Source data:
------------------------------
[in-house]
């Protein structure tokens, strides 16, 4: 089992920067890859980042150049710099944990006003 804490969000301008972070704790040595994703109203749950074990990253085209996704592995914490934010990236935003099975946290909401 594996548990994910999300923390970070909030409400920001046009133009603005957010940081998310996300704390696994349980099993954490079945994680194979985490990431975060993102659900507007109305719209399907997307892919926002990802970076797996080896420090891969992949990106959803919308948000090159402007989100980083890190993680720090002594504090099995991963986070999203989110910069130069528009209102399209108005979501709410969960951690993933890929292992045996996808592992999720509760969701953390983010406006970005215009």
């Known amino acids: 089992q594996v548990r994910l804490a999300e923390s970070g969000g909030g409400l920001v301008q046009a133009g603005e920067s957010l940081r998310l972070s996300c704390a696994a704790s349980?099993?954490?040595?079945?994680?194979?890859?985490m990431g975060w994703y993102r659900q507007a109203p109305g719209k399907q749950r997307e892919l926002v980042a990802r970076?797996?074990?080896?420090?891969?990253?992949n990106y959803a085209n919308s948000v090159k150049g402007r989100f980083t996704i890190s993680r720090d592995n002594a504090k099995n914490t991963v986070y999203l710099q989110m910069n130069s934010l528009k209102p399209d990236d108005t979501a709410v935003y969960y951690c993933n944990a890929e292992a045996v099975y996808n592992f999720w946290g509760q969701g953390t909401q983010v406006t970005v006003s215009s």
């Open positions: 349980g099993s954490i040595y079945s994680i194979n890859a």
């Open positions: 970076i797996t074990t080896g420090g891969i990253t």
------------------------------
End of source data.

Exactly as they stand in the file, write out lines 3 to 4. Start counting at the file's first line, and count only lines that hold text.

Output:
């Known amino acids: 089992q594996v548990r994910l804490a999300e923390s970070g969000g909030g409400l920001v301008q046009a133009g603005e920067s957010l940081r998310l972070s996300c704390a696994a704790s349980?099993?954490?040595?079945?994680?194979?890859?985490m990431g975060w994703y993102r659900q507007a109203p109305g719209k399907q749950r997307e892919l926002v980042a990802r970076?797996?074990?080896?420090?891969?990253?992949n990106y959803a085209n919308s948000v090159k150049g402007r989100f980083t996704i890190s993680r720090d592995n002594a504090k099995n914490t991963v986070y999203l710099q989110m910069n130069s934010l528009k209102p399209d990236d108005t979501a709410v935003y969960y951690c993933n944990a890929e292992a045996v099975y996808n592992f999720w946290g509760q969701g953390t909401q983010v406006t970005v006003s215009s």
């Open positions: 349980g099993s954490i040595y079945s994680i194979n890859a």